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Mon Jan 14, 2013, 11:21 PM

Atlantic - "How Low Are U.S. Taxes Compared to Other Countries?"

Democrats are asking for a balanced approach and fairly modest increases in taxes, yet the corporate media gives Republicans a free pass on their threats to crash the world economy if Democrats do not propose and agree to drastic cuts in Medicare and Social Security without any increases in taxes to mitigate such impacts. Of course, the corporate media neglects to point out that the U.S. is far away from anything approaching high tax burden, let alone socialism. Instead, the corporate media portrays a false equivalency that blames both sides.

http://www.theatlantic.com/business/archive/2013/01/how-low-are-us-taxes-compared-to-other-countries/267148/?google_editors_picks=true

Unlike most advanced economies, the U.S. don't supplement personal income taxes with a national sales tax, or value-added tax (VAT). Consumption taxes accounted for about a fifth of total U.S. revenue in 2008 (mostly at the state and local level) compared to an OECD average of 32 percent. In other words, the U.S. relies uniquely on personal tax rates to raise revenue -- and we have relatively low personal tax rates.

The best way to answer the question "Are U.S. taxes high or low compared to other countries?" is to look at taxes as a share of the economy. Here's how the U.S. stacks up to other OECD countries in a graph from the Tax Policy Center. (We're at the bottom of the stack, 25 percent below the average.)



For the next few years, there's no particular reason to expect there will be another major tax increase, but after 2020 the government's health care bill will start to make our spending levels look, for lack of a better term, European. There are any number of ways to stop the trend, from the extreme -- turning Medicare into a voucher-support program -- to the incremental -- tweaking Medicare and hoping that medical inflation slows down on its own. But either way, the U.S. won't have historically low interest rates forever, and it's probable that the third-lowest tax/GDP ratio in the developed world is a good deal for now, but not a sustainable deal for the long run.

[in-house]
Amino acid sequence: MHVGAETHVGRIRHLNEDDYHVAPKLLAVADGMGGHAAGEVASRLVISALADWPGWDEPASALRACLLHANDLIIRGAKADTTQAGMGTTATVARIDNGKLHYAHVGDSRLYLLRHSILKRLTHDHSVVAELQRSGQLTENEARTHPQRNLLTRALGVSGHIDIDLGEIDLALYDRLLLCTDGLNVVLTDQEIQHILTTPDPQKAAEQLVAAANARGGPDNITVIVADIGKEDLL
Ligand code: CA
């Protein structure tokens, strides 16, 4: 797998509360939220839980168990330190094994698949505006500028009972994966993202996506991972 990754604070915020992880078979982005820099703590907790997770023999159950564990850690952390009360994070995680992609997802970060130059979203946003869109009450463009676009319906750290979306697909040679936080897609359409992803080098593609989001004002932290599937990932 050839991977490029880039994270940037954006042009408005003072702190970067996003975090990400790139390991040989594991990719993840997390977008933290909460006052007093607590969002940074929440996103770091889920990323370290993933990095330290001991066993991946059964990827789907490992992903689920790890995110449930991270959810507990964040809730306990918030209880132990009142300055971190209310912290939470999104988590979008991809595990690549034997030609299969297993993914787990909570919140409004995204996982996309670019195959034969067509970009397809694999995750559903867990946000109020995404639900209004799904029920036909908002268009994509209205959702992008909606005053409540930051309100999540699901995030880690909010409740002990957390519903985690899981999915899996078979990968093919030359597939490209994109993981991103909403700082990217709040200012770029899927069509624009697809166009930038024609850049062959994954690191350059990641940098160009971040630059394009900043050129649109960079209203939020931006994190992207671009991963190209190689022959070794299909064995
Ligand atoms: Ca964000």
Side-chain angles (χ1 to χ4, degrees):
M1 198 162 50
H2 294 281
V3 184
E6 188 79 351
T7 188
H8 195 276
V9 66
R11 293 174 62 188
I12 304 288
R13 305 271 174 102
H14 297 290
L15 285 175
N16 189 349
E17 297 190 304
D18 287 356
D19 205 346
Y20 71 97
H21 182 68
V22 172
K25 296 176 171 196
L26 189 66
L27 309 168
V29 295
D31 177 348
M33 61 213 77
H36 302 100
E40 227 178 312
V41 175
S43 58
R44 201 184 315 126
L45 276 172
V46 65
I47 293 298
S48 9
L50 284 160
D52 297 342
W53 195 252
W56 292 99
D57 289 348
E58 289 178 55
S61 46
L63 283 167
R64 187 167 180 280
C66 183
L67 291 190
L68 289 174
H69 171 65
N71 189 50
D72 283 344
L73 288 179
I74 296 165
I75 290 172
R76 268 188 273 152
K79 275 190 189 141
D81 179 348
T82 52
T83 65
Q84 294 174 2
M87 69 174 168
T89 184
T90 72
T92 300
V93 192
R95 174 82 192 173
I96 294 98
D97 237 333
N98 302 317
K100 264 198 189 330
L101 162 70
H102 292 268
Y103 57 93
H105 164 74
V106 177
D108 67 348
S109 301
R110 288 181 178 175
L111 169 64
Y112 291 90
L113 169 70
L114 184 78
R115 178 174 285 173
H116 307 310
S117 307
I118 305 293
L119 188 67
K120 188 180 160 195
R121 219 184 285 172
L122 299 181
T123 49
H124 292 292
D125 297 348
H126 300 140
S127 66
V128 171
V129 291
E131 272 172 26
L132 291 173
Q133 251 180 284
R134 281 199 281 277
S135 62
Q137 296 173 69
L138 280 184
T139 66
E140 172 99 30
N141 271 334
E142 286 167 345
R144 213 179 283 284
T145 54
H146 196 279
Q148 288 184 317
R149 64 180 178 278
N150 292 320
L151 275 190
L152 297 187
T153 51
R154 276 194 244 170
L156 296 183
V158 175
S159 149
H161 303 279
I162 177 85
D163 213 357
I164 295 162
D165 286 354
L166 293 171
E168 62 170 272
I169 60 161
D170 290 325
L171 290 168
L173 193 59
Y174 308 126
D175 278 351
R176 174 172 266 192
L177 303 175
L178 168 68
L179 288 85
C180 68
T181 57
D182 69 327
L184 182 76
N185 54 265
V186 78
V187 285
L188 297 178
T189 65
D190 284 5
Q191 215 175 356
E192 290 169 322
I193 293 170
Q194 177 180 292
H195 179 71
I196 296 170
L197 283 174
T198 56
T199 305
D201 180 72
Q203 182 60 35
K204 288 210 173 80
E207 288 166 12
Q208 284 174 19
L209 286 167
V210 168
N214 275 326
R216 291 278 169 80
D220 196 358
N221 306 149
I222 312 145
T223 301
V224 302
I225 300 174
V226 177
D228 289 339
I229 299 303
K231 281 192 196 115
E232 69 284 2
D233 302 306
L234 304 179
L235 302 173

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Reply Atlantic - "How Low Are U.S. Taxes Compared to Other Countries?" (Original post)
TomCADem Jan 2013 OP
DonCoquixote Jan 2013 #1
Angry Dragon Jan 2013 #2
hunter Jan 2013 #3

Response to TomCADem (Original post)

Mon Jan 14, 2013, 11:30 PM

1. Damned Low

That is why Florida, one of the lowest taxes in the lowest tax country, has tons of European "residents." We have British Banks, Canadian Banks, Real estate businesses that cater exclusively to British residents, ones that cater to Other European residents, etc. In a sign that Brazil is ready to be a Colonial power, we have have businesses that offer Rich Brazilians a chance to buy real estate, even advertising that they can keep the money here in case something "bad" happens back home. Worried about some Che Guevara type, no problem, come to Florida! People have commented that Miami has become the stronghold for the Latin American right wing elites!

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Response to TomCADem (Original post)

Mon Jan 14, 2013, 11:51 PM

2. rec and kick

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Response to TomCADem (Original post)

Tue Jan 15, 2013, 12:19 AM

3. I think our leaders are aiming for a Mexican style economy...

... with a tiny percentage of very wealthy people who get anything they want, and a lot of poor people who will work for abusive employers and very little pay.

The USA has more in common with nations like Mexico than it does nations like Canada or the Western European Democracies. Well, except we got the Bomb first, built the biggest baddest military, and oil is traded using our currency. We're somewhat better than Mexico dealing with petty corruption, but not the big stuff. A cop who takes $20 can get busted, but investment corporations can pay billion dollar fines for stealing 50 billion dollars, a rich guy can personally fund political campaigns through false front organizations, banks can launder huge sums of money, things like that are overlooked.

I'd rather live in a progressive country with a higher tax rate and brakes on the kind of wealth and political power individuals can accumulate at everyone else's expense.

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